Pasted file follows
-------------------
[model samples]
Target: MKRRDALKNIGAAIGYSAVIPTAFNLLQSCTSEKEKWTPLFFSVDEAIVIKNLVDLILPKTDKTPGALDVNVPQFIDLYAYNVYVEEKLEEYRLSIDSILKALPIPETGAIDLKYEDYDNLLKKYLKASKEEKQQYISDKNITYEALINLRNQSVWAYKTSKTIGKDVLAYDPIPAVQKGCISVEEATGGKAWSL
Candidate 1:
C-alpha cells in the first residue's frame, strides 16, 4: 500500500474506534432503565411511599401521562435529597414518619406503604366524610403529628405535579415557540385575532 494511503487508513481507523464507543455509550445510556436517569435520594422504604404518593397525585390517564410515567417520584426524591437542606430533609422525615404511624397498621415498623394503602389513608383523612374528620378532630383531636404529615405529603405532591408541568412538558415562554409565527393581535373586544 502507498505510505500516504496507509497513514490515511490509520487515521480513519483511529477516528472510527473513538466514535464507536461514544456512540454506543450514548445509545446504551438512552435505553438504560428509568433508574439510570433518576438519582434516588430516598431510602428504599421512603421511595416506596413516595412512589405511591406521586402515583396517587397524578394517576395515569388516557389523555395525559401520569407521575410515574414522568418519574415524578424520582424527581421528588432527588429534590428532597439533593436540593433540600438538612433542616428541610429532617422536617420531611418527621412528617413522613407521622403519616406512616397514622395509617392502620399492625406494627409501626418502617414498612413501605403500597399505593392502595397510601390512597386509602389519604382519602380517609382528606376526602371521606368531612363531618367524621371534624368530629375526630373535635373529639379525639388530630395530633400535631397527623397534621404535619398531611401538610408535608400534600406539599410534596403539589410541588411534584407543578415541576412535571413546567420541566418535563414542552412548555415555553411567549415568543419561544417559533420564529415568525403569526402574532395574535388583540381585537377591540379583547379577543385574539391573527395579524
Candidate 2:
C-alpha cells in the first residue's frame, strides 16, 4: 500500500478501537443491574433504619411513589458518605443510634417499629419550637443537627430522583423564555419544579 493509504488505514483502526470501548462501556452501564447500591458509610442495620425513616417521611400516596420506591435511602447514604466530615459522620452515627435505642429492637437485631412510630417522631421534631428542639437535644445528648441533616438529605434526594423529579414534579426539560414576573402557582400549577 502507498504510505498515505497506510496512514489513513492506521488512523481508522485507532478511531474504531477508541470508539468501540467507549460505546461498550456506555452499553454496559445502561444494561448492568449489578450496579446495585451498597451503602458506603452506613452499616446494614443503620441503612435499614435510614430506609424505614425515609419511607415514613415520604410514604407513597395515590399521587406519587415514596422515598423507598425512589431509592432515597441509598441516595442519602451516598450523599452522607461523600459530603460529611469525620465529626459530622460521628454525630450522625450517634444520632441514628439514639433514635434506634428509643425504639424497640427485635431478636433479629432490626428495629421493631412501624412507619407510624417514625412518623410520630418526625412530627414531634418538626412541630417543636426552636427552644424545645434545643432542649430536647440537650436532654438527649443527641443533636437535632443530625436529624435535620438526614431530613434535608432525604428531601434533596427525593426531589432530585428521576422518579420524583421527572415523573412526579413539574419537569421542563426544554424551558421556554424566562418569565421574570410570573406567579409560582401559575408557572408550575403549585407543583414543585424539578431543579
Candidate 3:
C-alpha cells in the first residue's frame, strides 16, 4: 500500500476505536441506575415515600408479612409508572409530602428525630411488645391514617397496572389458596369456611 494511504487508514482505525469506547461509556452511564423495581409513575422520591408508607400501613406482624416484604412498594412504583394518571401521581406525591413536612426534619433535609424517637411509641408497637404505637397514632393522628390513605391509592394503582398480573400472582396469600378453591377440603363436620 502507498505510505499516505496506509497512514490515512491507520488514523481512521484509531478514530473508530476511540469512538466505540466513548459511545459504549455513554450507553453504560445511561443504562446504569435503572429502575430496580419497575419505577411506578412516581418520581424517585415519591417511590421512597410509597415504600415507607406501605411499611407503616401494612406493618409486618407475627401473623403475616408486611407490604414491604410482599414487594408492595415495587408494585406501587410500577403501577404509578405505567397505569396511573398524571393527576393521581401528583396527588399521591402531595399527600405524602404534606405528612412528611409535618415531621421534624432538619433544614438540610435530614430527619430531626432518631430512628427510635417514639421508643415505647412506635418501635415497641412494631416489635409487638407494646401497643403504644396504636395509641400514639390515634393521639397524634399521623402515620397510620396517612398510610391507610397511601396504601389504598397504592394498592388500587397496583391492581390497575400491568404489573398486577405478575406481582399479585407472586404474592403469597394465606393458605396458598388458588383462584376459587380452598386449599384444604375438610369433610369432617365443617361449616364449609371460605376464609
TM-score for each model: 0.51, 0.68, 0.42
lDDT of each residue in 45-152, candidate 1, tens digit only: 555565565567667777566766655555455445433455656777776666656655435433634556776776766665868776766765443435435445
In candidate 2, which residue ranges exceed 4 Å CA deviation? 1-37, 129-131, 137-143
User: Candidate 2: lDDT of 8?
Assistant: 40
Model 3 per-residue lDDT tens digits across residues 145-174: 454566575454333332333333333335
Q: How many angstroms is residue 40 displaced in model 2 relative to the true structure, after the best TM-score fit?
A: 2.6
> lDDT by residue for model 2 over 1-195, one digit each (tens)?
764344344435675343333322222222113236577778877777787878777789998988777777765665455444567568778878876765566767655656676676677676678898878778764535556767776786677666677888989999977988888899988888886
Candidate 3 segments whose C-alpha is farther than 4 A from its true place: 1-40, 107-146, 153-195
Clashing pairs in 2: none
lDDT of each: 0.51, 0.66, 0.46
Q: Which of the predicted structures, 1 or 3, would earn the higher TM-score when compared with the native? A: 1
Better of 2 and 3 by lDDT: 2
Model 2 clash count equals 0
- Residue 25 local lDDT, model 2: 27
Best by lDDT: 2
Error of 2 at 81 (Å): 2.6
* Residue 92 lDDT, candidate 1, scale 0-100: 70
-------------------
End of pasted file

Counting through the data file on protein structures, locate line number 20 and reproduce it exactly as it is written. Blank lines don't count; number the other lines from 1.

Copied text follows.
Clashing pairs in 2: none